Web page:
She didn’t exercise daily

She didn’t eat healthy.

She didn’t graze and eat every 2 hours.

She didn’t eat smaller portions.

She didn’t drink enough water.

She never wanted to hear the reality of her participation in the situation.

As we flew home, she bemoaned the fact that even though she had followed exactly the G.R.A.D.E. Diet and my suggestions, and despite her obvious efforts, she had not lost weight. She was even more frustrated and convinced weight loss could never happen for her.

I was shocked- in her mind she had done everything she was supposed to do and it STILL didn’t work! That’s when I realized that it was nothing I did. Nothing anyone said. I realized that nothing anyone offered, not support, friendship, not the belief she could do it, was ever going to help. Not until she owned up to the truth for herself. She wasn’t a victim, she was the victimizer. It hit me that it was no different than what I had done with my own weight and pain. I had searched for someone to “fix me” rather then fixing myself. I also realized that no amount of discussion or arguing would change her perspective. Just like me, it had to come from within her.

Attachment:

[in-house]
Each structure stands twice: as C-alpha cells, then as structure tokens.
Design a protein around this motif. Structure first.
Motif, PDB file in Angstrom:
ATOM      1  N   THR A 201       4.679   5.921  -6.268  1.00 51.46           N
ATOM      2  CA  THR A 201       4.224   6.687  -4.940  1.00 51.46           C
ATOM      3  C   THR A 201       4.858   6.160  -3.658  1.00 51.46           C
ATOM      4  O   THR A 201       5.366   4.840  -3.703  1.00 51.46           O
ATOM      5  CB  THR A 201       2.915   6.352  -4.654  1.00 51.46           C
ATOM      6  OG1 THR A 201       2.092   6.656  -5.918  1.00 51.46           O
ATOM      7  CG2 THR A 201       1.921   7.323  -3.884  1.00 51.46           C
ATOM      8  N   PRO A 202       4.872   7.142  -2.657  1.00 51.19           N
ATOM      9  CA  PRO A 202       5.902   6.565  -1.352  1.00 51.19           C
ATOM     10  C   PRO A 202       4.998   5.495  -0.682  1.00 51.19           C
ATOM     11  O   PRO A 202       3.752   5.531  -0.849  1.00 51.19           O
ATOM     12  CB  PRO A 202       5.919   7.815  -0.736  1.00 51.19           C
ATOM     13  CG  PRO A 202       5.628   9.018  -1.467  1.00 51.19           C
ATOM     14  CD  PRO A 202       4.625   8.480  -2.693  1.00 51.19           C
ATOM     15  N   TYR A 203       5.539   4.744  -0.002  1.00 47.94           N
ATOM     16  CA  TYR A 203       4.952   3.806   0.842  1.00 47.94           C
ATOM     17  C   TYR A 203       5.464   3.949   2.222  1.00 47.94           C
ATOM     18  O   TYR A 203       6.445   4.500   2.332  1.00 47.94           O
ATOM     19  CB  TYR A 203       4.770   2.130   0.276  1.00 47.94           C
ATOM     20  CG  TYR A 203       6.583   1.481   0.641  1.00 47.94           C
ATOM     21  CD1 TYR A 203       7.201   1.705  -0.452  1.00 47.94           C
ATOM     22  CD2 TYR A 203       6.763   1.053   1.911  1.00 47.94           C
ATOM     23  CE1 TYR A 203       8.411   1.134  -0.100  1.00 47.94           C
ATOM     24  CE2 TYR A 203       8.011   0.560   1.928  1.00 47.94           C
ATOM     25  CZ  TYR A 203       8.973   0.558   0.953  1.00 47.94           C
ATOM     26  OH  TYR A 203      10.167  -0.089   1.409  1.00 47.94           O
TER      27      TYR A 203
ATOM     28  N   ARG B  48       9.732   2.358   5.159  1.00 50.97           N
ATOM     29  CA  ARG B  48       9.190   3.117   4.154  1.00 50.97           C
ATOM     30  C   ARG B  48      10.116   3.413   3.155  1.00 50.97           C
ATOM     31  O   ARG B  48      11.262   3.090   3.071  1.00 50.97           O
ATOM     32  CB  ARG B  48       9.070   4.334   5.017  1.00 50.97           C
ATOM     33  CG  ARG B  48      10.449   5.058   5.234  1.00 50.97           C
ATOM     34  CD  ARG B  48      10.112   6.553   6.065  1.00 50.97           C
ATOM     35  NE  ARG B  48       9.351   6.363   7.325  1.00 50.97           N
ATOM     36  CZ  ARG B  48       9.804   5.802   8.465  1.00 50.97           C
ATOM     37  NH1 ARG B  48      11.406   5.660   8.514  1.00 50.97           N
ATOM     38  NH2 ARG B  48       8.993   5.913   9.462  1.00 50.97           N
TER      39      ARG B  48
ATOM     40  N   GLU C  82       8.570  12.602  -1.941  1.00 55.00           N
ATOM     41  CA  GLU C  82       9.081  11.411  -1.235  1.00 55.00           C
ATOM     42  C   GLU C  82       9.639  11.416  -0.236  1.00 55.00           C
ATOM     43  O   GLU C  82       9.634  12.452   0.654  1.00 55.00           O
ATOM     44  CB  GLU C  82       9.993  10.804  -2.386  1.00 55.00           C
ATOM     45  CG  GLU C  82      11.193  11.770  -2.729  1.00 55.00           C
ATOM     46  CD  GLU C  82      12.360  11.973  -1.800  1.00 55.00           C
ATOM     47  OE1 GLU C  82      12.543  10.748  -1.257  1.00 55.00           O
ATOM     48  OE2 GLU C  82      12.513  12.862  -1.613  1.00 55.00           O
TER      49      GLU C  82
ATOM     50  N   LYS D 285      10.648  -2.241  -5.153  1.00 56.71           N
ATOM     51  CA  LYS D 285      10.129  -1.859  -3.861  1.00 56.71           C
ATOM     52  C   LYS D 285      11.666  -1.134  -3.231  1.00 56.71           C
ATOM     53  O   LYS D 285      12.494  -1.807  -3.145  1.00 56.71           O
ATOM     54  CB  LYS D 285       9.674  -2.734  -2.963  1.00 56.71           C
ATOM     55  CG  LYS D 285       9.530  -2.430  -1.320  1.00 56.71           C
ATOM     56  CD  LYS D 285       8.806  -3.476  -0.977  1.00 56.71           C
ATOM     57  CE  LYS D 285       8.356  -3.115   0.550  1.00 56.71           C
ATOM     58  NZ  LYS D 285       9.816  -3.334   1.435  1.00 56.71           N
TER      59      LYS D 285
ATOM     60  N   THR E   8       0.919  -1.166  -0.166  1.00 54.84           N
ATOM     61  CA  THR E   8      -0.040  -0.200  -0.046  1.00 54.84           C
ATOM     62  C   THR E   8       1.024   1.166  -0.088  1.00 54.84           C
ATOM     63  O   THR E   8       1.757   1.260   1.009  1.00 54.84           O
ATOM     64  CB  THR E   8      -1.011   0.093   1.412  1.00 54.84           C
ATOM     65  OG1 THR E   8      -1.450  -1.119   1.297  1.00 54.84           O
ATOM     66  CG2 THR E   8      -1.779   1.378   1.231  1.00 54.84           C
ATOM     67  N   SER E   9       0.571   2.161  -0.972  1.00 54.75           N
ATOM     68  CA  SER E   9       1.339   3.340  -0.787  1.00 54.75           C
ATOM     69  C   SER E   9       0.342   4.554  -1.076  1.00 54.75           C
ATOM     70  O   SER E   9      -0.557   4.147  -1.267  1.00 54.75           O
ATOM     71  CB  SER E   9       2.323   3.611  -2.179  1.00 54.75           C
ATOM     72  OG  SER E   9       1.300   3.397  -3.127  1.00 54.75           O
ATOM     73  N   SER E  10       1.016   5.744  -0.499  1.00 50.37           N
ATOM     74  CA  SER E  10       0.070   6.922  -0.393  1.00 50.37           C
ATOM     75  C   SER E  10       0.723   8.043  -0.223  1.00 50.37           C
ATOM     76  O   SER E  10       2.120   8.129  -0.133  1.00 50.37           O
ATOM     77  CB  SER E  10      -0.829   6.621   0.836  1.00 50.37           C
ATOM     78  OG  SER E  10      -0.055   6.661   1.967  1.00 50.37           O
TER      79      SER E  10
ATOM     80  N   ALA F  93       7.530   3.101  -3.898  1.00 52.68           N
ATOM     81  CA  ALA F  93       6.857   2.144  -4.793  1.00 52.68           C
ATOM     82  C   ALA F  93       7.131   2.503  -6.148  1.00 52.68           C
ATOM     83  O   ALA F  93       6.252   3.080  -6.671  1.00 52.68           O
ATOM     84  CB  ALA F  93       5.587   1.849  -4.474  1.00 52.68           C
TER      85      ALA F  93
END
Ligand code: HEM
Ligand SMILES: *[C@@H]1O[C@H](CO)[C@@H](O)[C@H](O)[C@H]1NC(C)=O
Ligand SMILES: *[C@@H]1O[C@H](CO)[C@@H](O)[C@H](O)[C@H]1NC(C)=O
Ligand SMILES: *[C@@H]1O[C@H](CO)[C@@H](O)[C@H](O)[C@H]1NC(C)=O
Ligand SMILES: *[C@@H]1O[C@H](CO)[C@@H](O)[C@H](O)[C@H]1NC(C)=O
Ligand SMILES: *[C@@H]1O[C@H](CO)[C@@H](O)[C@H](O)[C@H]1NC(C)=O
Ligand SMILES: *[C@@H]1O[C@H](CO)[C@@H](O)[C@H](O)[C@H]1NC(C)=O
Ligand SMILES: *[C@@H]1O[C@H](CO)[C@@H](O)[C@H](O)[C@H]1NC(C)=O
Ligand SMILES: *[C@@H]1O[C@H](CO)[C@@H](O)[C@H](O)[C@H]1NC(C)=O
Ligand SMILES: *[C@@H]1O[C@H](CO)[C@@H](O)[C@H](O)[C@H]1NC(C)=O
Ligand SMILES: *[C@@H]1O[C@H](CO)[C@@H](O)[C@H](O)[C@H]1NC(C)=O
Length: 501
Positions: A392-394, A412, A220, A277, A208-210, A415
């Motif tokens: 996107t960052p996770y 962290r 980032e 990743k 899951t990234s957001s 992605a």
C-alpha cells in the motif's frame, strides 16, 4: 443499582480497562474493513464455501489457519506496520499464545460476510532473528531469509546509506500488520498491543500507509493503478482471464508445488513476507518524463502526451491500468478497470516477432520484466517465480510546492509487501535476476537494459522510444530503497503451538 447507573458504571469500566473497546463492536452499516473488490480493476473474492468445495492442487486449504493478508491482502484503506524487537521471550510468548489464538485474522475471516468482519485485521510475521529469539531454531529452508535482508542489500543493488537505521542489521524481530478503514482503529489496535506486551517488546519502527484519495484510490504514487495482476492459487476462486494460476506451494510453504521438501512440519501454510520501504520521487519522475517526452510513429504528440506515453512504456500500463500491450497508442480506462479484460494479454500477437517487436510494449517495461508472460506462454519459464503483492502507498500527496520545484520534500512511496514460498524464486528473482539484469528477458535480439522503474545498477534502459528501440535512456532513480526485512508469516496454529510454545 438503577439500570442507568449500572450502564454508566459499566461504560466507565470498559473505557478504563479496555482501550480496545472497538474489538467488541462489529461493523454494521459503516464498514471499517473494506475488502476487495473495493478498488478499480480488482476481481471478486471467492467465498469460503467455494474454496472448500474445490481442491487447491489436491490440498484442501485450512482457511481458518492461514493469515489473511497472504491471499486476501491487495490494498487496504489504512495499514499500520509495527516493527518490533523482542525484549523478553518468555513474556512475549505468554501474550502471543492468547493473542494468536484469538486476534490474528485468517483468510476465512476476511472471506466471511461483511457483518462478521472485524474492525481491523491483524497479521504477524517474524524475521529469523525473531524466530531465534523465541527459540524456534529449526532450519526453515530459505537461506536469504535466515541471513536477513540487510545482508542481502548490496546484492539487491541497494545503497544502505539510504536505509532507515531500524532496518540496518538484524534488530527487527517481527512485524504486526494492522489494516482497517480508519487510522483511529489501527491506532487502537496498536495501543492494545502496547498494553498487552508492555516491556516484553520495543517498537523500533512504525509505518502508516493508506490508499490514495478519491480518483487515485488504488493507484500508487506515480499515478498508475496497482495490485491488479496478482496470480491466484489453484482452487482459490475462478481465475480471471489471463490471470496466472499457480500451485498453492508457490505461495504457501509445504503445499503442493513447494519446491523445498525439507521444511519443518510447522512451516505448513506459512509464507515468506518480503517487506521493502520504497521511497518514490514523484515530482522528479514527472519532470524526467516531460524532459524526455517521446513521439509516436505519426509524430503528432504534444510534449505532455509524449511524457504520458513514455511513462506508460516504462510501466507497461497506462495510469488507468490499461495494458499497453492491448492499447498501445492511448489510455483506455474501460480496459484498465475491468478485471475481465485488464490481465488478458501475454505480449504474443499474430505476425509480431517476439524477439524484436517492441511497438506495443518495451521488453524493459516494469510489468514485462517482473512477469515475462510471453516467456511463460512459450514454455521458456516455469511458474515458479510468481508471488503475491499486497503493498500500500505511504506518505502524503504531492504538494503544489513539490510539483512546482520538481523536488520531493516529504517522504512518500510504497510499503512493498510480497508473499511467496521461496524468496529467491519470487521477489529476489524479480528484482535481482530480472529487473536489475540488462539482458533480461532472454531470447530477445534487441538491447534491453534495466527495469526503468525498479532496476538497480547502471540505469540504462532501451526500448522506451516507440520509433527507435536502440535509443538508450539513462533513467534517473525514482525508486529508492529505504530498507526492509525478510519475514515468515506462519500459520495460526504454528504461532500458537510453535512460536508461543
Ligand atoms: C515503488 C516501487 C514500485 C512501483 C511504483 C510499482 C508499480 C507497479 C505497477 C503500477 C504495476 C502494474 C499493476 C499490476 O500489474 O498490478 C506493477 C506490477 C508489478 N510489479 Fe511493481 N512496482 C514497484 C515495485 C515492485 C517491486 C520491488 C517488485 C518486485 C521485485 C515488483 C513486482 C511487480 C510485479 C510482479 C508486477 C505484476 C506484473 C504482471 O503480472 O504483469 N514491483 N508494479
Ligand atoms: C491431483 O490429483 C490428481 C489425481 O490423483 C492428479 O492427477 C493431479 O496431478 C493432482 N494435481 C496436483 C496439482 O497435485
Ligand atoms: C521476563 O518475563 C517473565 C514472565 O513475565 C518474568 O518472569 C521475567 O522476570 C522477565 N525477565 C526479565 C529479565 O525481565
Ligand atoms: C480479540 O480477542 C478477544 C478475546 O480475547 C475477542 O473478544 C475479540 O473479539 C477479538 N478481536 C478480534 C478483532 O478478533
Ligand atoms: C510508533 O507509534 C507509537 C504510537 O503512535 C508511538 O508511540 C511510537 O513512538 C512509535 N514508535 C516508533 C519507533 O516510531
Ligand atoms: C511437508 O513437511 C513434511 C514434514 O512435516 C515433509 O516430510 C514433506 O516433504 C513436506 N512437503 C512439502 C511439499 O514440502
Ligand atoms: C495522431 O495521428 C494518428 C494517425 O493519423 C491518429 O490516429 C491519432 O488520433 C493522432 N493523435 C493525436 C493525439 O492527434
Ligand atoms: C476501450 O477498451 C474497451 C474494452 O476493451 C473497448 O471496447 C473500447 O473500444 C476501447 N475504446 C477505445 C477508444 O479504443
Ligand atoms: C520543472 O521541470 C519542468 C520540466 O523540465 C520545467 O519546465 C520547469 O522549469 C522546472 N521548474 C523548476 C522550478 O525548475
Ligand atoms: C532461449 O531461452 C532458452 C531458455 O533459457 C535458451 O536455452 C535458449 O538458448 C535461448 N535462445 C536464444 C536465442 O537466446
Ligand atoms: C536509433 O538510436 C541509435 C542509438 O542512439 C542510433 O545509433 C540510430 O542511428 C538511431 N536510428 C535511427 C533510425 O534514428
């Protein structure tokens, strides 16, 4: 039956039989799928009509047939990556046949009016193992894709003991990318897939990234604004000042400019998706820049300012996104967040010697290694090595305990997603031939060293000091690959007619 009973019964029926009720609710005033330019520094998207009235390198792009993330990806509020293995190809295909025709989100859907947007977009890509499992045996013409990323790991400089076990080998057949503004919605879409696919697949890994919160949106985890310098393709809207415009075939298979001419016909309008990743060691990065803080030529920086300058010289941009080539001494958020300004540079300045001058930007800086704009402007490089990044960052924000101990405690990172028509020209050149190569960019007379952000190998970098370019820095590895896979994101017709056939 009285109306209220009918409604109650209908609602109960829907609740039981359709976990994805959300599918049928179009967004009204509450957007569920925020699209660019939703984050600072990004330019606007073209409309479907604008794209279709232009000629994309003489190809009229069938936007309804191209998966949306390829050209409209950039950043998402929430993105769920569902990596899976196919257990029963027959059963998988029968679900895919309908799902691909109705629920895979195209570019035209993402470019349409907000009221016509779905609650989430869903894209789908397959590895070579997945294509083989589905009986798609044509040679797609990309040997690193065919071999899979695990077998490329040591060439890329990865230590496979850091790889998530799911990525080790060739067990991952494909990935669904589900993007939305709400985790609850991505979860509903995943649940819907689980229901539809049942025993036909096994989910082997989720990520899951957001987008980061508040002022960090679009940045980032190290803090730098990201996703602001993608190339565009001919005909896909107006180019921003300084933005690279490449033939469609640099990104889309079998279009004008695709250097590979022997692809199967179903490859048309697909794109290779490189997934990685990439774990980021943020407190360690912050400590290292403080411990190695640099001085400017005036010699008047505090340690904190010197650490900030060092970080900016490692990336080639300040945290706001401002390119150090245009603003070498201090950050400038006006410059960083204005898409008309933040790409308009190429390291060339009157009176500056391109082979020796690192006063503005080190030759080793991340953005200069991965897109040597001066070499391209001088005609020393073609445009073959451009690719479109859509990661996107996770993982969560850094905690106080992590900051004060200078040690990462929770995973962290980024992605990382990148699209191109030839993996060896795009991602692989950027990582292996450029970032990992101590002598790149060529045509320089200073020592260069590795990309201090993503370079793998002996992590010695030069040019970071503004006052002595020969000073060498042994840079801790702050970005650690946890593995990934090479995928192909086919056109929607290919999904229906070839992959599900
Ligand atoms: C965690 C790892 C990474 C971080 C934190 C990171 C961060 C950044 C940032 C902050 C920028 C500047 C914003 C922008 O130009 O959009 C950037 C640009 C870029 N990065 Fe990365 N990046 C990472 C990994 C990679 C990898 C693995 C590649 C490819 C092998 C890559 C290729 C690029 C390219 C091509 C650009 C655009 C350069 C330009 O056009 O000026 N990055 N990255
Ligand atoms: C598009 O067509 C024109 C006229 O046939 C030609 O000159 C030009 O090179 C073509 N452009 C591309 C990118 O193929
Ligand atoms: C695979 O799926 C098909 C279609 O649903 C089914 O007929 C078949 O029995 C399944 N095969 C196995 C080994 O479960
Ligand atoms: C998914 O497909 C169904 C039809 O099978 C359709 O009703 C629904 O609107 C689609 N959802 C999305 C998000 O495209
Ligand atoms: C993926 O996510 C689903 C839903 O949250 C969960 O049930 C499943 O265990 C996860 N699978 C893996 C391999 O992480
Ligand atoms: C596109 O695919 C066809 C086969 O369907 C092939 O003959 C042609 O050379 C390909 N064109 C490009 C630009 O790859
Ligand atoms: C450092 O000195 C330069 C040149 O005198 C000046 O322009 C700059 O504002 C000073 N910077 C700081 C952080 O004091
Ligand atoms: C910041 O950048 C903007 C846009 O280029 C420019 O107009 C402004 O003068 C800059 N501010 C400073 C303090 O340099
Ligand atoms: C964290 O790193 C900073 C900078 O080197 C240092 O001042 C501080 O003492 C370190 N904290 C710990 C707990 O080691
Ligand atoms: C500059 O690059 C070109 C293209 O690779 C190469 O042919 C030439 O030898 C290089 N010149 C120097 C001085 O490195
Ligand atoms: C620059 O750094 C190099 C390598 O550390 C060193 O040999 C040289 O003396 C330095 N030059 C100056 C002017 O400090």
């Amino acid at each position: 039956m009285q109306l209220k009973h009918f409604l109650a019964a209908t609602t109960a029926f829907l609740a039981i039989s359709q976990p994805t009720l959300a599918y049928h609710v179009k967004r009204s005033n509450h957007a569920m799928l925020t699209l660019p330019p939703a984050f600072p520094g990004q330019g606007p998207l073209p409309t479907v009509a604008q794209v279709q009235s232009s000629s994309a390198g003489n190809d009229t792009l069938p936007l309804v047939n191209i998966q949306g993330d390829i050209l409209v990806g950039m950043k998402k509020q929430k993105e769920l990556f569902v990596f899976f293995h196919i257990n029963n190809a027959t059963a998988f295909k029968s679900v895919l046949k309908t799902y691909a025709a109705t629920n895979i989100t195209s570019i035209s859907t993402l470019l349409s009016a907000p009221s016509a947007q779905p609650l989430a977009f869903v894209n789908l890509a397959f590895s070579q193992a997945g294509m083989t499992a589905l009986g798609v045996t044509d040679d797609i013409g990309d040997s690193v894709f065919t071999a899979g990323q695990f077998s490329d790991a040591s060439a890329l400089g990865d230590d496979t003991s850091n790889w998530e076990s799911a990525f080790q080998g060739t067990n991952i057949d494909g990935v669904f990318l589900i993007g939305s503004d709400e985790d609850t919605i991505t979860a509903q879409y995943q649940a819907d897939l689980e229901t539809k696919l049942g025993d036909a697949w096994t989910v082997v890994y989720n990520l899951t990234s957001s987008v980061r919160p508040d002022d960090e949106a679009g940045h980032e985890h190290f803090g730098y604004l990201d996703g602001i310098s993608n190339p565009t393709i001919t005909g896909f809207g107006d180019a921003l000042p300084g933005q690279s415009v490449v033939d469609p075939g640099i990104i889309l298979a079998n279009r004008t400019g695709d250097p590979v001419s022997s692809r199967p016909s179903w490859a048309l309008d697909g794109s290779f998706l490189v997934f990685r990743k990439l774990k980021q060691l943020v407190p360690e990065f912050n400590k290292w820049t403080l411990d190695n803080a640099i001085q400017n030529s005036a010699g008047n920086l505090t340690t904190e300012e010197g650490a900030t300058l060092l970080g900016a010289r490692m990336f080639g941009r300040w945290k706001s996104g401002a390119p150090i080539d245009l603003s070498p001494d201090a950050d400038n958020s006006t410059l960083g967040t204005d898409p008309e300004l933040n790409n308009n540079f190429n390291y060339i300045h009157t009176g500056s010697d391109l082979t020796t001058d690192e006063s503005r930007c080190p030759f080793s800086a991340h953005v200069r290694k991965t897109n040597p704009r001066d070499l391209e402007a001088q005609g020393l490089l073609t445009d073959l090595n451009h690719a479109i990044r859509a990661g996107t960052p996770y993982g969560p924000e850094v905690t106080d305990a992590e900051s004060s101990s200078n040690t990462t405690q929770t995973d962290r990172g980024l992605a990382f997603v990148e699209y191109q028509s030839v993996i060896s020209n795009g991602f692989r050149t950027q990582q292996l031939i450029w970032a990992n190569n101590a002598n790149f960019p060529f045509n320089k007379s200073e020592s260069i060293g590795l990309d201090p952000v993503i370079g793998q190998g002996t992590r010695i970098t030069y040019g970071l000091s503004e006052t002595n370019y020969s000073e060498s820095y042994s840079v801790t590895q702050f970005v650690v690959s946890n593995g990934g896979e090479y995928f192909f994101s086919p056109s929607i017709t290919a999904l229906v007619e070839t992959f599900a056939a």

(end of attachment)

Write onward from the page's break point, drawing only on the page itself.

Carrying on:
It’s been 10 years since that trip. In the last 2 years, she’s lost over 50 pounds! I wondered what finally changed? What finally happened to get her to actually lose the weight?

She said one day she looked at herself in the mirror and finally had enough. For the first time she wanted to change the person looking back at her. She actually started using those hotel gyms, cooking in that little kitchenette, carrying baggies of food to munch on throughout the day, and pushing away from the table after half a portion.

With persistence, patience, and hard work, she now has significantly less pain in her back and knees, is more confident, and happier the ever. She loves shopping for clothes that finally fit and look like she’d dream they would, and looks forward to socializing.

It didn’t happen overnight. And it didn’t happen until she decided to make it happen. Nothing anyone said or did was going to change that.

She taught me a valuable lesson, and gave me a wonderful perspective on how to interact with my patients. I can talk until I’m blue in the face, but until they are ready to see the truth for themselves, nothing I say or do will move them forward.

So now I share her story along with mine. Just as I had to acknowledge my participation in not getting better, she had to decide to take charge of her life and make the changes necessary to lose the weight.

The bottom line is you can too.

Whether it’s losing weight, getting in shape, or lessening your pain, it’s all possible when you see the truth of your own involvement and choose to take that first step.

You aren’t alone.

Let’s walk the path together.

dsc_0323-1    -Dr. Courtney